Circling the Drain
Everybody knows someone who’s just trying to find their way, their own path, or making their own statement in life. Maybe you’re one too?
A military term is “marching in place” or marking time, where in all actuality you are moving your arms, legs and feet but staying stationary. It’s also referred to as “retired on active duty”. In the workplace they say if you want to see workers come alive, stop in at quitting time.
Back in the good old days people sought work wherever they could find it, doing whatever they needed to in order to earn a paycheck so they could buy the necessities in life (food and clothing) or pay the rent.
Getting hired into an entry level position meant having your foot in the door, the possibilities were endless and you could rise to your level of incompetence (the Peter Principle). Entire organizations were capped only by the level of competence at the top, so it wasn’t uncommon for someone to strike out on their own and become a fierce competitor.
In today’s world parents want their kids to go to the top Ivy League schools so they can become doctors or lawyers, but not everyone is cut out for that sort of life, unless they have political aspirations. We often overlook the trade schools or apprenticeships that teach real world skills with actual job placement after graduation.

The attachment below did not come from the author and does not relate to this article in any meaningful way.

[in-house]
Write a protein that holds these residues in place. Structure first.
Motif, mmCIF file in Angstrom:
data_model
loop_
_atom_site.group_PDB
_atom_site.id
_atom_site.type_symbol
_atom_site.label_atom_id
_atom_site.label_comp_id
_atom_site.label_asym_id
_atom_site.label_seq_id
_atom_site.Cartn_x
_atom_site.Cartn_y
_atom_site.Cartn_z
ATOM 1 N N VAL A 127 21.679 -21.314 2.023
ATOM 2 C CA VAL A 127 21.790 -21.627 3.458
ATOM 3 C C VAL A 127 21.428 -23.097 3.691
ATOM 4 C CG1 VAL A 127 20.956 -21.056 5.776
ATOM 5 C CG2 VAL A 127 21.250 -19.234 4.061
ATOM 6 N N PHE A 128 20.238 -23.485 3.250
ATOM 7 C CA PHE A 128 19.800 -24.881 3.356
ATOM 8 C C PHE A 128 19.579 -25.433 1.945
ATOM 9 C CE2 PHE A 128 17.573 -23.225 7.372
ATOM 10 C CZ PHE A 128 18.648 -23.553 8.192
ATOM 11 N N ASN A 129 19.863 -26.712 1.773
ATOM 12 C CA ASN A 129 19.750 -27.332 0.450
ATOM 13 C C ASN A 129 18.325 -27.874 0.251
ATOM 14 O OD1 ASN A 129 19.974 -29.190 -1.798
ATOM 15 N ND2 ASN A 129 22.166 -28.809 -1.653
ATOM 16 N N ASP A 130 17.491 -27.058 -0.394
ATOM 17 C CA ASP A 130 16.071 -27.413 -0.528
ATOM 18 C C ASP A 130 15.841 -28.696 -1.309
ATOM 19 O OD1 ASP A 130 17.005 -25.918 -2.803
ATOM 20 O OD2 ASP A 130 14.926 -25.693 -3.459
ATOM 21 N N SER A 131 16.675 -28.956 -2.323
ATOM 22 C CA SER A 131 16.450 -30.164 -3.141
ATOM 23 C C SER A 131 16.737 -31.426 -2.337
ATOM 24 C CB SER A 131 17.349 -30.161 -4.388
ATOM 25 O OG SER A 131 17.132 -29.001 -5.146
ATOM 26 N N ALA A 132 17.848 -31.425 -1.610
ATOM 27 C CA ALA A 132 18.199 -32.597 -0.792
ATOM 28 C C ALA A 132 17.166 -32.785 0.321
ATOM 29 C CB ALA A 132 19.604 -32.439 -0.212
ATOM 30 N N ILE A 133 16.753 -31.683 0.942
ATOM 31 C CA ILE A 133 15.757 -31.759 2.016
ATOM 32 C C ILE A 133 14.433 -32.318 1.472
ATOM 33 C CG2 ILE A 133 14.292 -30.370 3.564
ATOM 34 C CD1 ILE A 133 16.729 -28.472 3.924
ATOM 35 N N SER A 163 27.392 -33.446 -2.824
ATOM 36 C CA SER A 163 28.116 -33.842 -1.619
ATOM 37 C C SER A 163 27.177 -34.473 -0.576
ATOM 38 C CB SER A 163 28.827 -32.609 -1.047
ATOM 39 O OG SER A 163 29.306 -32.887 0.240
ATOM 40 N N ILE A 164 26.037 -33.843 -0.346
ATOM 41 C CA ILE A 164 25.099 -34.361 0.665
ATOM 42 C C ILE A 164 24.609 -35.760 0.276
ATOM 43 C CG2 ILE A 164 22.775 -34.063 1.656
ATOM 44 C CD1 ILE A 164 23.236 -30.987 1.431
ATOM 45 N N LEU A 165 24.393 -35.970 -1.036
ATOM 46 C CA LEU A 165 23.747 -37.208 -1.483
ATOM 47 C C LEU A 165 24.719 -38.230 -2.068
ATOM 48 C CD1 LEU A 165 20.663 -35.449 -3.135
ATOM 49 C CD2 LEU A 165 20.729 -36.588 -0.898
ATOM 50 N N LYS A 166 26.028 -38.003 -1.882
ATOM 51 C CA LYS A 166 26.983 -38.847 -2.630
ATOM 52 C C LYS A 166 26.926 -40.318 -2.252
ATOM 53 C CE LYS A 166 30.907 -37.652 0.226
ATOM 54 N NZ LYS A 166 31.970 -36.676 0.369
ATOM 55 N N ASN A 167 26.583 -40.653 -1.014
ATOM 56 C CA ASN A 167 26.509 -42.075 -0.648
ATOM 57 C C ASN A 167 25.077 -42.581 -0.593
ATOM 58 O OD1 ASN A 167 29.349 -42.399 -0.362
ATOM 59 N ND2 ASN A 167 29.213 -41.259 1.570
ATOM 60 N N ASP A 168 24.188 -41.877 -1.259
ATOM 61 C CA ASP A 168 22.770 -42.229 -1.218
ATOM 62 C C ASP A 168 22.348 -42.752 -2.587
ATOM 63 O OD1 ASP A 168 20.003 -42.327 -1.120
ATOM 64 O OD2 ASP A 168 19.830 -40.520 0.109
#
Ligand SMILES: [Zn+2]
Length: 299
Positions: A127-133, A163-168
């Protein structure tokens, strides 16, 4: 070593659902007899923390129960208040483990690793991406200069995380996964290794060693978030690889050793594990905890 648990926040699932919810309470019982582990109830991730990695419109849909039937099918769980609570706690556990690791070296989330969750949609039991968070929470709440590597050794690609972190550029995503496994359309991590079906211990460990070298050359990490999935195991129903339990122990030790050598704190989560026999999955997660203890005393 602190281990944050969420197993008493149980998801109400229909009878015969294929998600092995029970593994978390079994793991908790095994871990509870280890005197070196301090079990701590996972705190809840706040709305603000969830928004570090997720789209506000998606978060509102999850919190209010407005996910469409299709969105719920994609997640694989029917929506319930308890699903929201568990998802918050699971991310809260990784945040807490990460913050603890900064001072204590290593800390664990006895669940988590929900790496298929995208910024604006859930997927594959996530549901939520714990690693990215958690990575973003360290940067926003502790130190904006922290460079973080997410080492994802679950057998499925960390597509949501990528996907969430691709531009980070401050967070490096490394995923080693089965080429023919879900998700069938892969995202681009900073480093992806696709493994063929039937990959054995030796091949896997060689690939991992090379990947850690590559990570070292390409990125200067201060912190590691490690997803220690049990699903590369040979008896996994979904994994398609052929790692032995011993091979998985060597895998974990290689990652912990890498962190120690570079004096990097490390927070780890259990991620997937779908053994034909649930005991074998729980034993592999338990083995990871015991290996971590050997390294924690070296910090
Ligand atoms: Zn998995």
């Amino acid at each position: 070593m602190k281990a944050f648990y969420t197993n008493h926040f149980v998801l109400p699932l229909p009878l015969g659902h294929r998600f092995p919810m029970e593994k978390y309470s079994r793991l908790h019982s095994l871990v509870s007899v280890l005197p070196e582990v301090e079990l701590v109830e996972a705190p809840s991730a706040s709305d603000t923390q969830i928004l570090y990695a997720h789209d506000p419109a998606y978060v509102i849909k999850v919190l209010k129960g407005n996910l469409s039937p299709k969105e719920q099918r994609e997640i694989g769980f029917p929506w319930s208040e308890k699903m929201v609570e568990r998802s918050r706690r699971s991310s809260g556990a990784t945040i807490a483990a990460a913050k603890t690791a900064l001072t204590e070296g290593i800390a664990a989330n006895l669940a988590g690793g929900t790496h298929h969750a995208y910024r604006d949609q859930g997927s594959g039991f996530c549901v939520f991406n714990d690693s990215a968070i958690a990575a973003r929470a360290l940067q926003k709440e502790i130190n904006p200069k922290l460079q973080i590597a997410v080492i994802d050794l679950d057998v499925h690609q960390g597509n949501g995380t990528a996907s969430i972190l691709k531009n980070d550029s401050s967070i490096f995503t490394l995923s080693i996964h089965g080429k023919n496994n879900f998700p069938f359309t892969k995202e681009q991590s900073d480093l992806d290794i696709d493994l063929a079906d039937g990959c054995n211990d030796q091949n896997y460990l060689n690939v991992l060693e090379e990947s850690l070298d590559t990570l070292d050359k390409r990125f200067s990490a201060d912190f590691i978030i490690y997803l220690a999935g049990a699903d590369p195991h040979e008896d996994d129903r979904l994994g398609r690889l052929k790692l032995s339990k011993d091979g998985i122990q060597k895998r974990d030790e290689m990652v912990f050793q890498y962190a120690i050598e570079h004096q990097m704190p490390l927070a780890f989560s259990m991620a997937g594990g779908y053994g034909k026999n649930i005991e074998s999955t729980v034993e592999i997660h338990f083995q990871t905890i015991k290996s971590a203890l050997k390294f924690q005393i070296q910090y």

What are some of the most needed job skills you can think of? Is it electrician, HVAC, carpentry, welding, auto repair, diesel engine repair, aviation mechanic? What about fire, nursing, police, EMT, or a thousand other jobs that we can’t do without like grave digger, undertaker, embalmer, funeral home worker, director or casket maker? Don’t forget about national defense – state and federal army, navy, air force, marines or space force. The Defense Department offers a variety of job skill building occupations, many of which transfer over to the civilian market quite easily. National Guard or reserve units allow someone to bag groceries at Walmart and drive tanks, trucks or operate drones during weekend drills or summer training exercises.
What good is having the fastest race car but never taking it out of the garage? Or going to the gym every day, building up your biceps or honing in your boxing skills but never using them? Your God-given potential was not meant to be kept hidden in a box. When you find yourself circling the bowl, maybe it’s time for a change in attitude or location? –
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